As dementia withered his brain away, Edward Hardy, 93, a World War II veteran and former pianist, felt his spirit fade, too. His illness had forced him to move into a retirement home in southern England last year, while his wife of 75 years, Betty, lived alone at their home.
In December of last year, Sam Kinsella, the retirement home’s activities coordinator, noticed Edward’s depression and arranged to bring the vet’s beloved keyboard to the home in an effort to cheer him up.
The moment he placed his hands on the ivory keys, Edward’s entire demeanor changed. He could no longer read music or remember every single note, but each time he tinkered, it suddenly seemed as though the years were melting away. Sam listened in awe as Hardy’s fingertips danced across the keyboard playing jazz standards and the foxtrot.
Although dementia had crippled Edward’s memory, Sam told SomersetLive that when Edward plays the piano, “it all comes back to him—he’s an incredible musician and it seems to bring him a lot of joy.”
Despite his solo talent, Edward was an accomplished group musician and had played in a jazz band for nearly 40 years before losing touch in the 1980s. Kinsella thought playing in a group again might boost Edward’s spirits even more, so he submitted an advertisement to Gumtree, a British “help wanted” website, looking for musicians who would be willing to play with Edward for an afternoon.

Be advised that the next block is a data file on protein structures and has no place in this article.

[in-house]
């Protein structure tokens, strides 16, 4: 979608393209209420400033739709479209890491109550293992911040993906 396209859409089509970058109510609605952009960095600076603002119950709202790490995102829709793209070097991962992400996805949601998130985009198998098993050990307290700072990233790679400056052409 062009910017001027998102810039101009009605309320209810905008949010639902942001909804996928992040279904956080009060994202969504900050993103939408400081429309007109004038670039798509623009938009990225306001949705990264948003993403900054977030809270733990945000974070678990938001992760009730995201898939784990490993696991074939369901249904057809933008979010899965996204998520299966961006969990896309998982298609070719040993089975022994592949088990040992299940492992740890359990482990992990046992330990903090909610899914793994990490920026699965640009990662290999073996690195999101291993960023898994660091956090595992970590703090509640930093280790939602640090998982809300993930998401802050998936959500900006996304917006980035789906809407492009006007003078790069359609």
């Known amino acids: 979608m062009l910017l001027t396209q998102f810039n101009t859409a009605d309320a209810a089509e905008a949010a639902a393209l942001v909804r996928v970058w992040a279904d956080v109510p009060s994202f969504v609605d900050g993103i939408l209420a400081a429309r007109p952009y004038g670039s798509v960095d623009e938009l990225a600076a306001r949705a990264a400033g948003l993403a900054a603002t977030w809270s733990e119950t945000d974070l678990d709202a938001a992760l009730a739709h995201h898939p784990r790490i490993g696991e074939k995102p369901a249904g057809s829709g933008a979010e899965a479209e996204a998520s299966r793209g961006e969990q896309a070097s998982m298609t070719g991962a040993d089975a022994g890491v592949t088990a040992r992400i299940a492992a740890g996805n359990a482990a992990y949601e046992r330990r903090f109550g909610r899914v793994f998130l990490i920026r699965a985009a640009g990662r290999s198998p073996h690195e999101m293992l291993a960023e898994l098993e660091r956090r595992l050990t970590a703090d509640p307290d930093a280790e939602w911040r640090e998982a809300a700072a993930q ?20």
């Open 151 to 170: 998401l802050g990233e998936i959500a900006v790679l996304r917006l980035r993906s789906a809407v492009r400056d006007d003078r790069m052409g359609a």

More than 80 musicians from across the country replied to the ad, eager to make music with Edward.
Double bassist Greg Cordezz and saxophonist Jezz Jackson were two of the first to play alongside him at the retirement home, and the experience was profound. “Ed really inspires me,” Jezz told SWNS.com. “[He] was born in the 1920s and has lived through all the major eras of music so this was also a special opportunity to perform with him.”
The biggest surprise, though, came when three of Edward’s former bandmates responded to the ad.
After being separated for more than three decades, “it is marvelous that I’ve been reunited with my old band,” he told SWNS.com.
Now, Edward’s original jazz band is rehearsing for a reunion show at the retirement home later this year. That, coupled with his wife Betty, 91, joining him at the home, has brought a smile back to Edward’s face.
“I have missed playing and when I do play now it makes me feel better and young again,” Edward told SWNS.com.